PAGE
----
The massive potential game changer for startups that is equity crowdfunding


It’s being called a game changer, a BFD with the chance to give startups and small businesses what they need to grow.

Instead of cool tech, T-shirts or backing something because you believe in it, equity crowdfunding allows people to buy shares and invest in companies, and last Friday the Securities and Exchange Commission (SEC) made Reg. A+ legal in the United States.

Some basics:

  • Reg A+ removes the requirement that investors be accredited, or have more than $1 million in assets.
  • Investors can only buy up to 10 percent of their net income in stock.
  • Companies raising money under new rules can sell up to $50 million in securities in a 12-month period.
  • The accredited investor rule has been in effect since the Great Depression era of 1930s.
  • The JOBS Act that makes all this possible was passed and signed into law in 2012 but the SEC was in charge of implementation, a process that took some time.

So what does it all mean to journalism and media in the United States?

We don’t really know yet. It’s only been a week. Follow this space to see things develop, but here are a few interesting takes on the impact of equity crowdfunding that have been offered so far.

1. Ramona Ortega is a part of the Latino Startup Alliance and founder of Mi Dinero Mi Futuro. She believes Reg. A+ will be a big deal, especially for minority and women-owned businesses, she told TechCrunch.

2. If you have been a longtime reader of Through the Cracks then you remember Gimlet Media’s venture into equity crowdfunding. They raised $200,000 in two hours with equity crowdfunding. Well they raised the money on the equity crowdfunding platform Quire (formerly Alphaworks), who broke down the whole history of equity crowdfunding in a three-part series on Medium.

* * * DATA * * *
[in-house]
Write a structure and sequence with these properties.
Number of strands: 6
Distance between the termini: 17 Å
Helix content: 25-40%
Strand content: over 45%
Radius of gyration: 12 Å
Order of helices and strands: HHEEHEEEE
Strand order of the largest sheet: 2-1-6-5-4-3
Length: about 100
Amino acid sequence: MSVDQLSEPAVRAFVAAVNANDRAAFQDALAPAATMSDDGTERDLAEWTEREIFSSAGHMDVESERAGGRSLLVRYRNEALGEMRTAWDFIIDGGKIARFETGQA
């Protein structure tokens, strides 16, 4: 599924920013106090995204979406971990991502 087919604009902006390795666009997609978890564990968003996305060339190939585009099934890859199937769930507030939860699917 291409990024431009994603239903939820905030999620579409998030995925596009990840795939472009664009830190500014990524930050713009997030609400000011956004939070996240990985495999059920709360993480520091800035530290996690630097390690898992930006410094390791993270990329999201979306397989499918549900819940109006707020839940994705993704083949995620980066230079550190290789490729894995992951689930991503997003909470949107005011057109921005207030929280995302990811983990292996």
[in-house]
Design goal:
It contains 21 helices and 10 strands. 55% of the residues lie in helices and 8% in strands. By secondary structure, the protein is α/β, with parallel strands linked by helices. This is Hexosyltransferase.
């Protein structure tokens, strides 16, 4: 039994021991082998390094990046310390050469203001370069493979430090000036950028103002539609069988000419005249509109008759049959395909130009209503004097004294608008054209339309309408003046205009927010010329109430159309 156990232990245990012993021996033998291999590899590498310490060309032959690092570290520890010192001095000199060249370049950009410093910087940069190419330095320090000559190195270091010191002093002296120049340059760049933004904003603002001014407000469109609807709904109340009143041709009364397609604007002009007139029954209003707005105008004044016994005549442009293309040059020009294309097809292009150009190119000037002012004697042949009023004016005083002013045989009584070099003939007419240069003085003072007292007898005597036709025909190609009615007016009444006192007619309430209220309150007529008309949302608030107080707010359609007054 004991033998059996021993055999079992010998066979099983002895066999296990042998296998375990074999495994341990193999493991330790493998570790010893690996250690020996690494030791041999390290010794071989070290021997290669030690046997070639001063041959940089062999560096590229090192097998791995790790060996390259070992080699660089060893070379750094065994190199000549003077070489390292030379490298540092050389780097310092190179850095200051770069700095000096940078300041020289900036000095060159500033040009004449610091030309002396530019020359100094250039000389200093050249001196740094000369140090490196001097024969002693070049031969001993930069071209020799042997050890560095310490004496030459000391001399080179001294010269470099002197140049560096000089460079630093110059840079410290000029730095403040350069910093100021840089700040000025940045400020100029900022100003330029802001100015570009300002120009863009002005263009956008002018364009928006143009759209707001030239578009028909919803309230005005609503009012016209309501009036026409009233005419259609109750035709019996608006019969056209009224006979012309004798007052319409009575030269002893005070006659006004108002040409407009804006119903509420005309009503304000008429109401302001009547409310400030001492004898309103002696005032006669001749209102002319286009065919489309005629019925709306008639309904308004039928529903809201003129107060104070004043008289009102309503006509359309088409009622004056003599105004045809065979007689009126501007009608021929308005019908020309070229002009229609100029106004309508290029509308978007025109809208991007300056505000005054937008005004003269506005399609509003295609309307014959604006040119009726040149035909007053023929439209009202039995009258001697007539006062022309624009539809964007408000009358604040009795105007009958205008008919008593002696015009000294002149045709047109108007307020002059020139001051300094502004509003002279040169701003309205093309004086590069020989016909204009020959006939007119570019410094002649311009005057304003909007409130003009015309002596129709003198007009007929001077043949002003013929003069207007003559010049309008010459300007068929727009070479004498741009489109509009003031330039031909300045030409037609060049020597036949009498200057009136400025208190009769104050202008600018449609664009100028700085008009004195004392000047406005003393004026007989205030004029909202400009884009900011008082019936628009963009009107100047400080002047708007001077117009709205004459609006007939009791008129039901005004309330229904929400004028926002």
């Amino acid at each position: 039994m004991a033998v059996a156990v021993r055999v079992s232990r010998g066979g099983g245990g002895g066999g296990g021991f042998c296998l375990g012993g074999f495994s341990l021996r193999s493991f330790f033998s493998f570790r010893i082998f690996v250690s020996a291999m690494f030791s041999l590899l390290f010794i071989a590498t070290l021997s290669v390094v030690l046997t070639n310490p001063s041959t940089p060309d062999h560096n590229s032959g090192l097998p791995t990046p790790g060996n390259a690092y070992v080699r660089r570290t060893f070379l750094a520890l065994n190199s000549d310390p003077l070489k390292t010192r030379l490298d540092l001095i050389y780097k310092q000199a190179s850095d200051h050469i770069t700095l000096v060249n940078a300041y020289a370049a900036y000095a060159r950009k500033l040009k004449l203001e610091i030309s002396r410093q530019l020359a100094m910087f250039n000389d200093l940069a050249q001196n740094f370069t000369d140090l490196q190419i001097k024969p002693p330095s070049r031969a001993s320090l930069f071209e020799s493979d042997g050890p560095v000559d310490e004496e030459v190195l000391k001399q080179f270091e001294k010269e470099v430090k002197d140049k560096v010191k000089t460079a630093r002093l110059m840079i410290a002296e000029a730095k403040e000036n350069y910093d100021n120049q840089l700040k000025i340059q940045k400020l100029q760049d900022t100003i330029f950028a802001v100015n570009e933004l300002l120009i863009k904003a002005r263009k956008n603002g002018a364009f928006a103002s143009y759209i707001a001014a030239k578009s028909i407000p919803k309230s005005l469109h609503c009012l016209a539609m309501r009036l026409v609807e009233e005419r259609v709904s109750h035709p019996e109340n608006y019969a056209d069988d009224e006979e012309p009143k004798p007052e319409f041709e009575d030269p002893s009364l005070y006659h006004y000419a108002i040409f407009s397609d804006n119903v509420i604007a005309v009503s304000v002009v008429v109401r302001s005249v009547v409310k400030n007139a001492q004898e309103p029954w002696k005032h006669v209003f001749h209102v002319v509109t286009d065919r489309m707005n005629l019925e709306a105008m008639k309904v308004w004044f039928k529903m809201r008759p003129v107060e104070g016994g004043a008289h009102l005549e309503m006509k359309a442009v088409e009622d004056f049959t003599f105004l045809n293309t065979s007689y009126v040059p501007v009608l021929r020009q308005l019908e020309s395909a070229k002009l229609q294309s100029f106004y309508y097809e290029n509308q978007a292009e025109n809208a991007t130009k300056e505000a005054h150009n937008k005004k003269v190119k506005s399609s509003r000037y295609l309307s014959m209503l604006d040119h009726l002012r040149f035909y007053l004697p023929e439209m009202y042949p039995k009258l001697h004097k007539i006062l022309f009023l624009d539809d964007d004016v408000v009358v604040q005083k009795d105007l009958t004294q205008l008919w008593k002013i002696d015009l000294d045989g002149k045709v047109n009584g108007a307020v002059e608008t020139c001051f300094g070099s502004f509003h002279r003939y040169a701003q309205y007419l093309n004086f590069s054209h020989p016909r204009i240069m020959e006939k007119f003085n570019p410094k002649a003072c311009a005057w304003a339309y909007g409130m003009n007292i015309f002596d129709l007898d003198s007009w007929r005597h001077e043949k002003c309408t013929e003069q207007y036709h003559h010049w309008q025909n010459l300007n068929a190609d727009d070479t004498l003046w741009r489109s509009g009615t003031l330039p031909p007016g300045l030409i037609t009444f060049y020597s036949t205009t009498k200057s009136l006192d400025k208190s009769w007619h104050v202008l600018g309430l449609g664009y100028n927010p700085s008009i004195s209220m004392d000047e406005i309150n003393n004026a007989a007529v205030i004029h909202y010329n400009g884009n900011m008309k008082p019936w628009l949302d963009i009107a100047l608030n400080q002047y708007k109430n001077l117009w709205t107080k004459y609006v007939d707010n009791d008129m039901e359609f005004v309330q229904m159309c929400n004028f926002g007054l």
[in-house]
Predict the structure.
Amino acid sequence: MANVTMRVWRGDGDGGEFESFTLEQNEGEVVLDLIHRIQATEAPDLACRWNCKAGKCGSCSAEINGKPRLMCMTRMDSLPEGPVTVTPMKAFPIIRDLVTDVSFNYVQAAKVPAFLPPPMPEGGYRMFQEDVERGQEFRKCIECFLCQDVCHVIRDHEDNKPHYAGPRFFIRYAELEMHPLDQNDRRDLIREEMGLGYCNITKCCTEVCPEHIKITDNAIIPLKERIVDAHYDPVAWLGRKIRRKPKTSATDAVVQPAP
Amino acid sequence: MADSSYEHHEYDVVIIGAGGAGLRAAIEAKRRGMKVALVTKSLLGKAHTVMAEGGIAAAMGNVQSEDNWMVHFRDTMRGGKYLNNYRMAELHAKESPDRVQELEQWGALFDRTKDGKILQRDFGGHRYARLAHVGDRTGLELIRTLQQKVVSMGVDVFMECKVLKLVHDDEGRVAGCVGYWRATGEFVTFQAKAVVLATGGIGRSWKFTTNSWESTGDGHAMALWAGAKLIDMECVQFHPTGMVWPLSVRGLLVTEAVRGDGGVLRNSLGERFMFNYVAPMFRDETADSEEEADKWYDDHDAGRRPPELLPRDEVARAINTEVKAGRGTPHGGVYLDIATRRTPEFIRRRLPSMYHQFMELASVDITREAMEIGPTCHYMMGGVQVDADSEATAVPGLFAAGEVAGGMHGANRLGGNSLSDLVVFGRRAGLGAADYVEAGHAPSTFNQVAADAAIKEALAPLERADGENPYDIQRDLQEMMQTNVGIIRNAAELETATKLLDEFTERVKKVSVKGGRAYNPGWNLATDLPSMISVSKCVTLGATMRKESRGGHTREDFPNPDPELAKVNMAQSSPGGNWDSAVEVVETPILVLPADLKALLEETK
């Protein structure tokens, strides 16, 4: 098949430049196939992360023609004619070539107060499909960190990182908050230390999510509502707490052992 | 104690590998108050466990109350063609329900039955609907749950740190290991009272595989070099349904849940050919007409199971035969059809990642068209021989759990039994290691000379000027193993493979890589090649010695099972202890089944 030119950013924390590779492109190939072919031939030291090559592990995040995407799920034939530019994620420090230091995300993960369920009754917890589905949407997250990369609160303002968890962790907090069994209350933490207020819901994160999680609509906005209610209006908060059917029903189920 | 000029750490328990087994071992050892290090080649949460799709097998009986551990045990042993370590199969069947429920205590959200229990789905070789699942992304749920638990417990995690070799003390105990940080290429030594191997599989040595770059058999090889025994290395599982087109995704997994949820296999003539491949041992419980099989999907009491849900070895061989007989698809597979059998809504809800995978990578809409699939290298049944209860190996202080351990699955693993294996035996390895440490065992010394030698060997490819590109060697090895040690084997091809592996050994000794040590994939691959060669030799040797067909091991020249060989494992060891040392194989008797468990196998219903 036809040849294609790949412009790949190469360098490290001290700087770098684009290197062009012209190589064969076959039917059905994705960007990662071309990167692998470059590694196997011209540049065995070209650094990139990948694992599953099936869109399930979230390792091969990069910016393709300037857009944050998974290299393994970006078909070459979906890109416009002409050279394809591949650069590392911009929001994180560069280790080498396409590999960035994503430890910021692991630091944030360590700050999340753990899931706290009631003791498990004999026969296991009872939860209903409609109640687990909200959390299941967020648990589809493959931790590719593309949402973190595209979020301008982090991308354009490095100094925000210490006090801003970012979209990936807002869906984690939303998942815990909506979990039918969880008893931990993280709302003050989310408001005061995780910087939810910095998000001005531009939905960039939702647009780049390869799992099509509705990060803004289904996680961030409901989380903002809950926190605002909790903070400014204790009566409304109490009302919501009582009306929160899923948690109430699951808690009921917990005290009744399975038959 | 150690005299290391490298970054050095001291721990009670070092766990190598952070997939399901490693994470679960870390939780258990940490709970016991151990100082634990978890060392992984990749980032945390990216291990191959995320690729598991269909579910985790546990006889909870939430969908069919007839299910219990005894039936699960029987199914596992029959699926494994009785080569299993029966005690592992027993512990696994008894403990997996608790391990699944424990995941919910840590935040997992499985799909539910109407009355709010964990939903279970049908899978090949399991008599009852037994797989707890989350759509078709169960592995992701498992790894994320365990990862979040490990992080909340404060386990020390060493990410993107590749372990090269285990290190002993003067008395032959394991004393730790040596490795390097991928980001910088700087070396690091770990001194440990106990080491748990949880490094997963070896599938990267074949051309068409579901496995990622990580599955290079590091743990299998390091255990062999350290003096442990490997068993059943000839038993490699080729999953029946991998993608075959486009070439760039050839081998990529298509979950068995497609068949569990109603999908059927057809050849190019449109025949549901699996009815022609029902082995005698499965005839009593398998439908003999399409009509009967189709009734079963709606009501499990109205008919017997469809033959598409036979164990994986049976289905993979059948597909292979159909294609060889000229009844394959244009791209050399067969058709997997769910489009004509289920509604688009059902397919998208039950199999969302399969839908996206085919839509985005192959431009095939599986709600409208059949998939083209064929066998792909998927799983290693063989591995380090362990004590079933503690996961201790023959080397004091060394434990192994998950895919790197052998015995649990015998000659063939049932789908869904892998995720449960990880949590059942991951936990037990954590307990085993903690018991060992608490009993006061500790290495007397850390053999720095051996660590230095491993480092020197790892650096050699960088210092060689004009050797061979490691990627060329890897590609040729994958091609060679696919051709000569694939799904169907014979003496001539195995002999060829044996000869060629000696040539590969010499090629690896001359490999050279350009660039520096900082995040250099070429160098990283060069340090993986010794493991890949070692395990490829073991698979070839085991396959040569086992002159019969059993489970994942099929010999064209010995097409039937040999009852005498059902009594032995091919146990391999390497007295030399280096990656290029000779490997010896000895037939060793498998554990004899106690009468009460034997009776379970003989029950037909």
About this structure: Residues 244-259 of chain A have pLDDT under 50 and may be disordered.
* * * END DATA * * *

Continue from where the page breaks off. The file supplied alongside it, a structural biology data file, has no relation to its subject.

3. If the entire idea of equity crowdfunding grabs your interest, you may want to check out this FAQ from the SEC.

4. A lot of people are bullish about the future of equity crowdfunding but some people who spoke with the LA Times believe the amount of paperwork necessary to file may be a deterrent to some companies.

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Khari Johnson
Khari is founder and editor of Through the Cracks: Crowdfunding in Journalism. He also writes about bots and artificial intelligence for VentureBeat. He has built news startups in the U.S. and Europe for the last decade.


  1. Hi Kimberly. That’s a good question. The pigadarm under which Kickstarter and others operate is one of donations, sometimes in return for services or perks of some kind. Kickstarter is actually limited to creative “projects” only and they state that it is “not about investment or lending.” While there are target amounts and deadlines, best practices in raising funds for a project in this way seems to be to not shoot too high in your target amount because if you don’t reach your target, no money changes hands. With Indiegogo, the money changes hands regardless of amount, but the fee is higher if the target is not reached and people are encouraged to run multiple, smaller campaigns. The bill before the Senate does not specifically address the issue of over funding, however it does require “a description of the stated purpose and intended use of the proceeds sought,” and “a target offering amount, the deadline to reach the target offering amount, and regular updates regarding the progress …” This will probably be addressed in the rules that will be promulgated after the bill is signed into law, but bearing in mind that this will concern offerings for the sale of securities, in some specific amount, for a specific intended purpose, and with a finite deadline, once the target is met and all the securities offered have been sold, that will be the end of that particular offering; there will not be any more shares for sale and thus no over-funding. There may ultimately be a provision for the release of funds to the issuer once a certain percentage of the target amount is reached, as provided for in the House bill. In a case like that, presumably the offering would remain open after funds were released until the stated deadline has been reached or it was fully funded.

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